Can creditors garnish my wages for mortgage payments?

Mortgage debts are secured debts. What happens if you stop making mortgage payments? Does the lender have the legal right to garnish your wages?

Collecting Secured Debt Payments

Mortgage lenders have a variety of techniques they can use to pursue debt repayments: reporting the late payments to the credit bureaus, calling you at home and at work, sending payment notices, foreclosing on your home.

If you repeatedly ignore your lender’s efforts to collect the mortgage payment and you do not pay your mortgage payments, ultimately the lender will foreclose on the property and sell the house, generally at auction.

What if the sale of the home does not cover the debt?

So what if the mortgage company forecloses on the property and sells the home, but the amount of the sell price does not cover the remaining balance of the loan? This is called a mortgage deficiency and the original homeowner is responsible for this deficiency. What is the difference between a mortgage deficiency and the original mortgage? The mortgage deficiency is unsecured debt.

Wage garnishment of unsecured debts

Mortgage companies may decide to pursue the mortgage deficiency through a wage garnishment, but this can only be done with a wage garnishment order from the court.

How does the lender obtain a wage garnishment order? They will have to win a lawsuit against the debtor and be granted an order by the court. If the court grants the wage garnishment order, the order is sent to the debtor’s employer and the employer is required by law to send a portion of the debtor’s wages to the creditor until the debt is paid.

Do all states allow wage garnishments for unsecured debt?

No, state laws vary in regards to wage garnishments. Debtors who live in South Carolina or Texas, for instance, cannot have their wages garnished for unsecured debts. Other states do not allow mortgage companies to pursue mortgage deficiencies through wage garnishments. Exceptions for wage garnishments exist in these states for federal taxes, child support and spousal support payments.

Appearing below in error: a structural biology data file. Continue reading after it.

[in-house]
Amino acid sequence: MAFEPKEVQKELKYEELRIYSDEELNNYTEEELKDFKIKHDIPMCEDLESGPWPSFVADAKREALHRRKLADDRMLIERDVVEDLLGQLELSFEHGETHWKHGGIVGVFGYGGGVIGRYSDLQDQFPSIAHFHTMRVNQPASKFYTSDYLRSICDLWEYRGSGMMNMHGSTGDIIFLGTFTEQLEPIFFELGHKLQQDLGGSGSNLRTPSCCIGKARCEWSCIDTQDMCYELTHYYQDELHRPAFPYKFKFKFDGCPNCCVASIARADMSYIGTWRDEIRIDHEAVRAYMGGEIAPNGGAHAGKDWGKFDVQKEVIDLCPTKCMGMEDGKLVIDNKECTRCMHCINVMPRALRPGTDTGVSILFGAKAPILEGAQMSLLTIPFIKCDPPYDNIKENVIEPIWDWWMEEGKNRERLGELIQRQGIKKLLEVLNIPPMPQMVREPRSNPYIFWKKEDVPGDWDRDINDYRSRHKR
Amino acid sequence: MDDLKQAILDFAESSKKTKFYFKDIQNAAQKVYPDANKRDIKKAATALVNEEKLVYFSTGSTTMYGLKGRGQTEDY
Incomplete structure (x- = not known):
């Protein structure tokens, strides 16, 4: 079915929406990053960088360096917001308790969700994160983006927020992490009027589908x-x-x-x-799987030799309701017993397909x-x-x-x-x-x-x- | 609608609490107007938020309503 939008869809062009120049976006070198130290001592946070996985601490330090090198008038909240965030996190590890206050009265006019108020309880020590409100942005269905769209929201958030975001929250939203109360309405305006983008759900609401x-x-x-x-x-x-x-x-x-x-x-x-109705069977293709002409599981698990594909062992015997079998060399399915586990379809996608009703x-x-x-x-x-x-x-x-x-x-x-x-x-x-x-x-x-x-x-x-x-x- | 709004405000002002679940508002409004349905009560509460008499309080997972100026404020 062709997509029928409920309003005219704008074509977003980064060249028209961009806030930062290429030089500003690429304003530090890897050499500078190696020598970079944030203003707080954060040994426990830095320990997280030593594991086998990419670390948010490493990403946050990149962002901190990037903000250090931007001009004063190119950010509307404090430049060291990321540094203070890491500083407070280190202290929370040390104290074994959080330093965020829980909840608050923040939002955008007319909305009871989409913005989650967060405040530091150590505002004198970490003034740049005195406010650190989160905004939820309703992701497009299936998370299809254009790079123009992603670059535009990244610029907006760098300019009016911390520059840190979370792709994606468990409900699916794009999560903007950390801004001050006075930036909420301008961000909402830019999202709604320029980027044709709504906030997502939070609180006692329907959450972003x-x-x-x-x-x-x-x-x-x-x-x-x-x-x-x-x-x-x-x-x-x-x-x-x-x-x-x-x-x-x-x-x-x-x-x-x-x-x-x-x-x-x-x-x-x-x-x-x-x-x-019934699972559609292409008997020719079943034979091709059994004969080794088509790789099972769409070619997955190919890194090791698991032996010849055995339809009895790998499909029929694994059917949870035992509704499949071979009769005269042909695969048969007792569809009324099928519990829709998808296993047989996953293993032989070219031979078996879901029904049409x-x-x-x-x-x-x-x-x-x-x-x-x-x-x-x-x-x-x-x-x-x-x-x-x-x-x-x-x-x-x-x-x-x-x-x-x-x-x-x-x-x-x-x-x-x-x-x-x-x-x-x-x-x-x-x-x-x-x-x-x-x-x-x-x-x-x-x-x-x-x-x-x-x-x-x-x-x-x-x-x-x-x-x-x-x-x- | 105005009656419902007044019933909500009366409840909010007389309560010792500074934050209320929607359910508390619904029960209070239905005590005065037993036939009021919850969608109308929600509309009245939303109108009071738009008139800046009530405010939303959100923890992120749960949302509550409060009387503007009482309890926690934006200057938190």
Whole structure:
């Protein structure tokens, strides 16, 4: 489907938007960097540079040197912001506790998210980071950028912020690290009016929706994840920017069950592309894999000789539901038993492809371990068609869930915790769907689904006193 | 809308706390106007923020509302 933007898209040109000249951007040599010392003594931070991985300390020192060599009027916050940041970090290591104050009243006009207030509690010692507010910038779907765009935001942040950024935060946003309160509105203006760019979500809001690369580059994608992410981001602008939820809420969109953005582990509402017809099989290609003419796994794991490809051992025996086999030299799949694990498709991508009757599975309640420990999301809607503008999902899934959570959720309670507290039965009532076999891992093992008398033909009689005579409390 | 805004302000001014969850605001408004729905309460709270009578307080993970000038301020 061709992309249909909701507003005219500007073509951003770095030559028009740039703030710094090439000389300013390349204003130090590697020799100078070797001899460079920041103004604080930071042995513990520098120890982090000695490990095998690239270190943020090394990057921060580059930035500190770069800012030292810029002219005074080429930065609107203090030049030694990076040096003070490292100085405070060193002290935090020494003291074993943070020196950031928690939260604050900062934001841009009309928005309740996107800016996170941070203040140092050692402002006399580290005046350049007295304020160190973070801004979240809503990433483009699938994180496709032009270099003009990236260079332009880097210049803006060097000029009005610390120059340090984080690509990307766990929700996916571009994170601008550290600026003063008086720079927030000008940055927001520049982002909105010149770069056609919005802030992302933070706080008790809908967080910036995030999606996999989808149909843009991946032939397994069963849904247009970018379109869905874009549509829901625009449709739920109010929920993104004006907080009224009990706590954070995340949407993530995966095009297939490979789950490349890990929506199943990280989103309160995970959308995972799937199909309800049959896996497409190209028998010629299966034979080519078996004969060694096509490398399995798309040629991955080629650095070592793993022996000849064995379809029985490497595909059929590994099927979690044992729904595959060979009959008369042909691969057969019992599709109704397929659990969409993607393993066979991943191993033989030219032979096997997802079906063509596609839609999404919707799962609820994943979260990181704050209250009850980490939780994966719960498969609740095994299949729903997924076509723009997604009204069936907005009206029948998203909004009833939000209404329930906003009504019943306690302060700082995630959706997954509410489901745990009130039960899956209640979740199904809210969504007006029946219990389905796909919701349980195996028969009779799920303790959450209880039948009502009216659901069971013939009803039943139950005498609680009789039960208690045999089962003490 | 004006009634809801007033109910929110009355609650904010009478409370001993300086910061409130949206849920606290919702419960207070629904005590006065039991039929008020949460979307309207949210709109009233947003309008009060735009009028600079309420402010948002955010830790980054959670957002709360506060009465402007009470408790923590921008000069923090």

Keep in mind, wage garnishment amounts are restricted by laws. Generally, no more than 25 percent of a worker’s take-home pay can be garnished, although states may establish their own wage garnishment guidelines.

Hiring a Bankruptcy Lawyer

Some debtors may be able to file bankruptcy without the help of a bankruptcy lawyer, but most debtors will need legal assistance. Debtors who have outstanding debts may be able to discharge them by filing Chapter 7 Bankruptcy. Chapter 7 Bankruptcy is the simplest and fastest way to discharge unsecured debts.

Debtors who do not qualify to file Chapter 7 Bankruptcy may restructure their debt payments and create a 3 to 5 year debt repayment plan. Filing Chapter 17 Bankruptcy will not immediately discharge debts, but debts included in the bankruptcy repayment plan may be discharge, assuming the debtor completes the plan within 3 to 5 years.

Filing bankruptcy is a serious financial decision with long-term financial consequences. Bankruptcy may remain on a credit report for up to 10 years. Talk to a bankruptcy lawyer for more information.

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Beth L. has been a contributing writer to websites since 2008. She has a background in Business Management and Management Information Systems and graduated from the University of Texas in 1996. Now she specializes in content development for legal entities for issues regarding bankruptcy, personal injury and Social Security Disability law.

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